Evolving Architecture | Serverless Patterns and Use Cases
It’s 2018. Unless you were hiding behind a rock, everyone has heard about Serverless. Today, serverless architectures are becoming popular day by day at an exponential rate.
As we know there are servers behind serverless architecture. So what is the point? Following are the key principles of Serverless.
No servers to provision or manage
Scales with usage
Built-in availability and fault tolerance
Above advantages make serverless simply irresistible to not to use it for new and existing solution architectures. Today, let’s discuss several real-world use cases for Serverless.
- Web applications
- Event-driven data processing
- Stream processing
- Conversation bots
- Serverless workflows
Although I am going to use AWS cloud diagrams to discuss above patterns, most of the leading Cloud Providers supports these architectural designs.
Serverless Web applications are the most popular use case of Serverless computing. Consider the following scenario.
You are the CTO of the largest shopping mall. You have 10,000 users daily visiting the site. The application has a web, mobile frontend and an API connected to a database. Currently it’s running inside on-premises servers that incur huge cost for the company. You want to move the entire site to AWS Cloud for higher availability and cost reduction.
How do you go about doing this migration?
Following considerations matters when it comes to serverless web applications.
- The running cost of the web application should be a minimum
- Ability to run and monitor web application to achieve business values
- Web application data must be protected at all cost
- Web application should be able to recover from service disruptions
- Web application should meet the performance criteria in the requirements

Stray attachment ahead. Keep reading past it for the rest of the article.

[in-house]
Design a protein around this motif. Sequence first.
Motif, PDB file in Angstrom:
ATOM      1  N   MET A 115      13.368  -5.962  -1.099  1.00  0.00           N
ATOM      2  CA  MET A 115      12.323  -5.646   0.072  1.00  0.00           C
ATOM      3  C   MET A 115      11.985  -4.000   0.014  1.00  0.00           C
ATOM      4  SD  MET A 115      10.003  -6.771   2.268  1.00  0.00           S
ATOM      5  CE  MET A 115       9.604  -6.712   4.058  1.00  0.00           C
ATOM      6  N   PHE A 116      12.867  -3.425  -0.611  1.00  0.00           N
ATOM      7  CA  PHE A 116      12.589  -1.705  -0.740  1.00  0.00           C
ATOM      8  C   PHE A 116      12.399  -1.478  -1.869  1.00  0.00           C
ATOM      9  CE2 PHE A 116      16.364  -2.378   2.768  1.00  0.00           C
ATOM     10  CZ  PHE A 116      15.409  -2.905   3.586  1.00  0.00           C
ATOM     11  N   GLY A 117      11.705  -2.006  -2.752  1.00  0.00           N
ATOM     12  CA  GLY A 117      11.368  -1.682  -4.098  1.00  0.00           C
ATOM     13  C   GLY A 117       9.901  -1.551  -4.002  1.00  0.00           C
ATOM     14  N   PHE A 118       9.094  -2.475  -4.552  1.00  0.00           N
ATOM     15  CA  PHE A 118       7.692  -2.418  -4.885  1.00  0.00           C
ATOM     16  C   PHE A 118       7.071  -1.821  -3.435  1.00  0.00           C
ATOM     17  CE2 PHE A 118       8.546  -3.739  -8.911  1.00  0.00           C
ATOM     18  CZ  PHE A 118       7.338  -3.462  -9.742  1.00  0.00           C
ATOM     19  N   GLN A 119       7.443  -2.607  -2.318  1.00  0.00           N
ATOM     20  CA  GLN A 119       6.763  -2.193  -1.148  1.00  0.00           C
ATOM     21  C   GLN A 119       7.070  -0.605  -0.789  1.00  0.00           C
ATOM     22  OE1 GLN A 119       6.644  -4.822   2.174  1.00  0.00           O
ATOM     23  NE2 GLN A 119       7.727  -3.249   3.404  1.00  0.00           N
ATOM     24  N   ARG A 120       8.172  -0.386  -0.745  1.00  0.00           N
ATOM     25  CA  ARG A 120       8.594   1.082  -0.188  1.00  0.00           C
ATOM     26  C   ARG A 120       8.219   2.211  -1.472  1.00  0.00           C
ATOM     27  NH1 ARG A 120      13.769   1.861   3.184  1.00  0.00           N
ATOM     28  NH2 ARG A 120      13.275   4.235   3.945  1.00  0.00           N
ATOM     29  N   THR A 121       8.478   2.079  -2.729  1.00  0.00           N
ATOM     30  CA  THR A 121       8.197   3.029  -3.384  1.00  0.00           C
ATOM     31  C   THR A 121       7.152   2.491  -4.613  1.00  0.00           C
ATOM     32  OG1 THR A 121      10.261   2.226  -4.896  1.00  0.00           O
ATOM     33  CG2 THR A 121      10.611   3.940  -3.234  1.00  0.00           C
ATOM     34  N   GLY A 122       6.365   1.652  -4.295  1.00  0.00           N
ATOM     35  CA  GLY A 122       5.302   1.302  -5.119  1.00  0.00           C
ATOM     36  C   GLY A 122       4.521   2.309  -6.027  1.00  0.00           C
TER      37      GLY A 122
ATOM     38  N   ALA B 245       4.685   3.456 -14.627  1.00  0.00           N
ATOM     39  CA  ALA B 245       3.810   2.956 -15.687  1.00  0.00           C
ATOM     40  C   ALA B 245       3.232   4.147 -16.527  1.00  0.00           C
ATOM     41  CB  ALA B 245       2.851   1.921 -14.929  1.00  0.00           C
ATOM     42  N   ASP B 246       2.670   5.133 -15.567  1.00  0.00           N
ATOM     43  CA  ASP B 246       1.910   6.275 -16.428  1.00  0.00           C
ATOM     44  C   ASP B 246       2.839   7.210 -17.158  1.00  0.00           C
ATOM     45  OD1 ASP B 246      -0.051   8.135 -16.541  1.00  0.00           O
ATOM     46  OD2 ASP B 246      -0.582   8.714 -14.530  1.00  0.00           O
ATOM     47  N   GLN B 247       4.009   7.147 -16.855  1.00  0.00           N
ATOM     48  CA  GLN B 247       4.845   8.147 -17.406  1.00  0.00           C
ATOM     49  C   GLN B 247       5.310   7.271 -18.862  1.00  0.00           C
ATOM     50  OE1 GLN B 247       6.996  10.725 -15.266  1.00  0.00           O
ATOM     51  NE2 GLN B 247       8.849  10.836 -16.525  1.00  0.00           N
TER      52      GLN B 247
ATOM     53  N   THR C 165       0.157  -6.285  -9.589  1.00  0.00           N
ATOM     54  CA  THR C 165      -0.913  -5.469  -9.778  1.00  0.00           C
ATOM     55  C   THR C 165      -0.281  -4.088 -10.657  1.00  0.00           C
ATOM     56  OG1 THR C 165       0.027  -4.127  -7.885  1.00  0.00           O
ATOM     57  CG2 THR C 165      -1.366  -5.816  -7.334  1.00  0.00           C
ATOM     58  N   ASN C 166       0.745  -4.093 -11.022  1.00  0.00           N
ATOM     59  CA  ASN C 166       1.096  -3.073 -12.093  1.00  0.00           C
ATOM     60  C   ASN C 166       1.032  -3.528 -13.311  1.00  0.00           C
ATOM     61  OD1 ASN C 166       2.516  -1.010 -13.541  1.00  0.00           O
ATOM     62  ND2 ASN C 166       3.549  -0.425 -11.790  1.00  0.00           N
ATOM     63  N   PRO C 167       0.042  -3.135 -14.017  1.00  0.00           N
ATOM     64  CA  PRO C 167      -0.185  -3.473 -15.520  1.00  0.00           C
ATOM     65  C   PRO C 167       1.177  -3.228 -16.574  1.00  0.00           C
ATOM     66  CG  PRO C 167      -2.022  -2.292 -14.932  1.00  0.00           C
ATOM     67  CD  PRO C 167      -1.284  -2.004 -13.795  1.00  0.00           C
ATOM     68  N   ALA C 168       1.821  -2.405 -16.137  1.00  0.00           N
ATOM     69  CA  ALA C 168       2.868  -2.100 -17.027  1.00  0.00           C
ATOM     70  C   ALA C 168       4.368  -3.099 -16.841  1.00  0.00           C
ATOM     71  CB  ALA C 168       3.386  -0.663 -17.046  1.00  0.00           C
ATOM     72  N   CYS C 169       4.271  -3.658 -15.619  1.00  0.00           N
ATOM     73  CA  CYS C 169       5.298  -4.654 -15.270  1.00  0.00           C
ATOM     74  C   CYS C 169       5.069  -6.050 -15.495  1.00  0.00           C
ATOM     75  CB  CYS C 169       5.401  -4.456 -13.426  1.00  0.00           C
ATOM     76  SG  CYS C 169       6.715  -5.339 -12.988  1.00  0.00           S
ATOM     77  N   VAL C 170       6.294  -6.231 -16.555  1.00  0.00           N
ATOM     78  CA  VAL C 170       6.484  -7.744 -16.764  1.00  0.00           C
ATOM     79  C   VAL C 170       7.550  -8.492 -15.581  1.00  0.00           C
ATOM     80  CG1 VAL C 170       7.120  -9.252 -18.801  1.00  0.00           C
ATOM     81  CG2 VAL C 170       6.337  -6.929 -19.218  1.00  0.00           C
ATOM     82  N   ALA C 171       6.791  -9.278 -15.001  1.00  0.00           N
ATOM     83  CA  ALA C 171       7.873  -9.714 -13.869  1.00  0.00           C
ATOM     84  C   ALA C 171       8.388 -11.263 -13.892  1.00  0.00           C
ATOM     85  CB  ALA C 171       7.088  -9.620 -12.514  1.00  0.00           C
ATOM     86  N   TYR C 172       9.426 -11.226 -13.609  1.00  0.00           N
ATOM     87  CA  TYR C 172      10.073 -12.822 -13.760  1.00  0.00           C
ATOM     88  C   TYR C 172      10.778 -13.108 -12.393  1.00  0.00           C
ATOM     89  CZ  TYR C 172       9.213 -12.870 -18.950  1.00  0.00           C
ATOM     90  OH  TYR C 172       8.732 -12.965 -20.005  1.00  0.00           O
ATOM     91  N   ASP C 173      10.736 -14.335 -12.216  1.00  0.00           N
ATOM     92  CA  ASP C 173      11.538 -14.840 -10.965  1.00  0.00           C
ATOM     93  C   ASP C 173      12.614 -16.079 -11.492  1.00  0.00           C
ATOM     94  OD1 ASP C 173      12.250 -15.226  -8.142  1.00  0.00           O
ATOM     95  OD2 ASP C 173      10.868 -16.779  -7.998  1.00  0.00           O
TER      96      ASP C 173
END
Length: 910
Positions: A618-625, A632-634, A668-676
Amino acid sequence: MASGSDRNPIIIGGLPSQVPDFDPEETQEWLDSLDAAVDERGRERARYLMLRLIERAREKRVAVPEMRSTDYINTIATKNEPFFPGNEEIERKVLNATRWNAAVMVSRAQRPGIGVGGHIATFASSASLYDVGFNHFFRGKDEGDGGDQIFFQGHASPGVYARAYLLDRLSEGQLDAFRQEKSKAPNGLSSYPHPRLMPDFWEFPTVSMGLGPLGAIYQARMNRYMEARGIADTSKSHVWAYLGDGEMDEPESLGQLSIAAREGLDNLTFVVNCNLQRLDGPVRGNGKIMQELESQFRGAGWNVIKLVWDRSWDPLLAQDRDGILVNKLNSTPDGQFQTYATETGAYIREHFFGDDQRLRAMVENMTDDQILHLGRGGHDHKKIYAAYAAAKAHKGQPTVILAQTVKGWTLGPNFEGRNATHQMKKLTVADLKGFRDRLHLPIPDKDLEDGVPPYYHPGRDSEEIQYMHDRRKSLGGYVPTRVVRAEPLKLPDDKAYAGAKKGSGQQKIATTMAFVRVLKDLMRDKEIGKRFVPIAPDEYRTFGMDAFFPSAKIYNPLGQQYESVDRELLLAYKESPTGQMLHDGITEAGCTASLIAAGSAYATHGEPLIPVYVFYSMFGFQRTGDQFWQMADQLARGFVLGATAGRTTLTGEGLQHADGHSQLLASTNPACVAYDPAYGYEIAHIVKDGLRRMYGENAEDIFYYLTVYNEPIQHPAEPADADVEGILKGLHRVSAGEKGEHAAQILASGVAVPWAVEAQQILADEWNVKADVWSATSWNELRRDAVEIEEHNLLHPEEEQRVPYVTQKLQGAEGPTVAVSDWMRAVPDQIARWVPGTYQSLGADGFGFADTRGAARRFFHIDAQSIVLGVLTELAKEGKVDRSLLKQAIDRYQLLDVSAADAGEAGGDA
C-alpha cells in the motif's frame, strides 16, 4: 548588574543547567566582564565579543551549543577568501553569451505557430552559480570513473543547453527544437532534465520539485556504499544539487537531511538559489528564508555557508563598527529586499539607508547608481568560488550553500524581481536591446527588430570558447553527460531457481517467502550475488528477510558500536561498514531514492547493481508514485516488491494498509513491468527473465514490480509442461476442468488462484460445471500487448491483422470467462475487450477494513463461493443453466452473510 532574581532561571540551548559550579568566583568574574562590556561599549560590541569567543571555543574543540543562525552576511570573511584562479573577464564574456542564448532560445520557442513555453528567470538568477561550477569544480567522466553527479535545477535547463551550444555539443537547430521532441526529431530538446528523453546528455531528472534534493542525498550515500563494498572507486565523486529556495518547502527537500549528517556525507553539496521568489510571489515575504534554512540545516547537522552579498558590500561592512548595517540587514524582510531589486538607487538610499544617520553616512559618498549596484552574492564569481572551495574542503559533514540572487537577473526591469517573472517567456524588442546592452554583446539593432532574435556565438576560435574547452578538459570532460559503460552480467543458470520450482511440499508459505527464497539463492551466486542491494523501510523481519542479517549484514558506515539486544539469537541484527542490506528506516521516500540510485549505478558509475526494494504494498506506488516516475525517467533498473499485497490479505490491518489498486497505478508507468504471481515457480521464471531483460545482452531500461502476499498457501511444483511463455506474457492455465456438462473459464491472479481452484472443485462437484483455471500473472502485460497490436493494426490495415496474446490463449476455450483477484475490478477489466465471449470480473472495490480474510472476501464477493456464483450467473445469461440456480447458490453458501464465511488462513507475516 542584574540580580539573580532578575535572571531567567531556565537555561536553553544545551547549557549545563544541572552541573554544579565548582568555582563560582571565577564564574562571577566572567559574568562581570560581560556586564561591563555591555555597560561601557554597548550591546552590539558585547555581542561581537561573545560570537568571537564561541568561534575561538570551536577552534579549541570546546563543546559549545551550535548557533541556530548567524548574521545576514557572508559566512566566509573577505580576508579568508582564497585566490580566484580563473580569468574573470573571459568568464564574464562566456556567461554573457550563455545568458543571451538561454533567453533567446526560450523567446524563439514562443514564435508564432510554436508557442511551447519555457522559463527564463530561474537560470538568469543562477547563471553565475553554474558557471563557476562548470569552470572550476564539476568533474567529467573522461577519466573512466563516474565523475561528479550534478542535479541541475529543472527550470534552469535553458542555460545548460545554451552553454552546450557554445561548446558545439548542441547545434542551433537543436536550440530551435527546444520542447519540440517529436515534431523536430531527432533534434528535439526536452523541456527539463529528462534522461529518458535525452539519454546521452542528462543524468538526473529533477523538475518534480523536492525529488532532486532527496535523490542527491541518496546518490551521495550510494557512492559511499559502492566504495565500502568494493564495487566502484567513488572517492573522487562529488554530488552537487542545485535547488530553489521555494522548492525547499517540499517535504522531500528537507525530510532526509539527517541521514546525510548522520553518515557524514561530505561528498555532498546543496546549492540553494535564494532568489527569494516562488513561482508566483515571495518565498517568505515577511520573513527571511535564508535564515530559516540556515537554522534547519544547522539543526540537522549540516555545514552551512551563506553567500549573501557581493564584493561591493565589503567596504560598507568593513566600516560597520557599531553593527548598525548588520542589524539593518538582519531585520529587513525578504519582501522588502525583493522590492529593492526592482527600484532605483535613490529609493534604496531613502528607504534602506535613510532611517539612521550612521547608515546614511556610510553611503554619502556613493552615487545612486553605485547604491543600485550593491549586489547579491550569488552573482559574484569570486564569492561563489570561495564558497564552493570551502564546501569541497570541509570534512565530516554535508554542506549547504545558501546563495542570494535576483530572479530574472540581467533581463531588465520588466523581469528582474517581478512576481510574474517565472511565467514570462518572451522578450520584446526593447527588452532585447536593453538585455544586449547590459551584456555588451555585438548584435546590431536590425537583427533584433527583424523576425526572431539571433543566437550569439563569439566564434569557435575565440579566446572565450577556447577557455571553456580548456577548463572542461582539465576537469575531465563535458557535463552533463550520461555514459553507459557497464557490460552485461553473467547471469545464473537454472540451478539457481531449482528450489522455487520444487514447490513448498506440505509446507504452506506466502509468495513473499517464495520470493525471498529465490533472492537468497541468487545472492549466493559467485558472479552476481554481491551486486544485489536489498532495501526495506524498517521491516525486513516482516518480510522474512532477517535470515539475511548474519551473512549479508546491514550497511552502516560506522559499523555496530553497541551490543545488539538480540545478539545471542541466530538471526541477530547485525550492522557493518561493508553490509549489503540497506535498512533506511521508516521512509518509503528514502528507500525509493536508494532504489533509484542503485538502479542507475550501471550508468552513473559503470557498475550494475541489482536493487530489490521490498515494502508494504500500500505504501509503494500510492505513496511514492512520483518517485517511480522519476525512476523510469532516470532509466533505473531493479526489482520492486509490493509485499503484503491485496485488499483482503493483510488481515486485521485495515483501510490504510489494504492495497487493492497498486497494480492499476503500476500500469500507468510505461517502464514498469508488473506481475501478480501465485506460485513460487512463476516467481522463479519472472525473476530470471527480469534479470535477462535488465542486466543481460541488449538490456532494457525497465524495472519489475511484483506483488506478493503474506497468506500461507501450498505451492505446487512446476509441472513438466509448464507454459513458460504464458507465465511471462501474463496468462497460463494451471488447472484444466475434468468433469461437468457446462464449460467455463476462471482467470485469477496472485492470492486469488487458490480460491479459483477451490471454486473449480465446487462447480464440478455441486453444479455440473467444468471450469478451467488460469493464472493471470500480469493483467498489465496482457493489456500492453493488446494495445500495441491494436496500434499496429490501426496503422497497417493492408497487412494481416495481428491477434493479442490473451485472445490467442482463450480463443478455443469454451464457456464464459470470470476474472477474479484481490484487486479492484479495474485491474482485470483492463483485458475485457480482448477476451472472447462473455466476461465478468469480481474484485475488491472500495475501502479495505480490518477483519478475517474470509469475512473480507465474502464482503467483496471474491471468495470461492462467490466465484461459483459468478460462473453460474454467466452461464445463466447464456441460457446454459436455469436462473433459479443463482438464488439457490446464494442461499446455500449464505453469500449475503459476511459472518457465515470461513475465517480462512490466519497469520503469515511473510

In the given scenario, we have a static web application that talks to an API. In AWS, the best way to host your static web application is on S3.
The very first request will be sent over to S3 to fetch website files, and CloudFront will cache the files when the content is returned to the user/browser. All subsequent requests coming from other browsers/clients will be served by CloudFront cache, hence it is quick!
Next we have a rest API to plug into the architecture. Let’s use AWS APIGateway as our rest api.
API Gateway is the serverless API offering from AWS. It scales up to serve any number of requests coming from the clients. Once the requests are received at the API Gateway it will forward to the attached resource or to the proxied service, in this case AWS Lambda. AWS Lambda is the serverless compute offering from AWS. It can spin up hundreds of thousands of parallel lambda functions to execute business logics from any number of requests. You don’t have to worry about scaling up or down hence Serverless!
The logic handling inside Lambda function could consist of talking to a database. In the above scenario, they say it’s online shopping mall. Let’s use AWS DynamoDB, the fully managed NoSQL database offering from AWS.
Yet our architecture is incomplete with out security in place. Since this is a online shopping mall, security is utmost important. Let’s plug AWS Cognito service into the architecture.
Separating users from the application is a good practice for a serverless application. This will allow the users to grow without affecting the performance of the Application. You can make sure that the application supports billions of users with industry standard authentication and authorization protocols.
AWS Cognito can be used for both authentication and authorization needs. Cognito has two parts, Cognito User Pool and Cognito Federated Identities.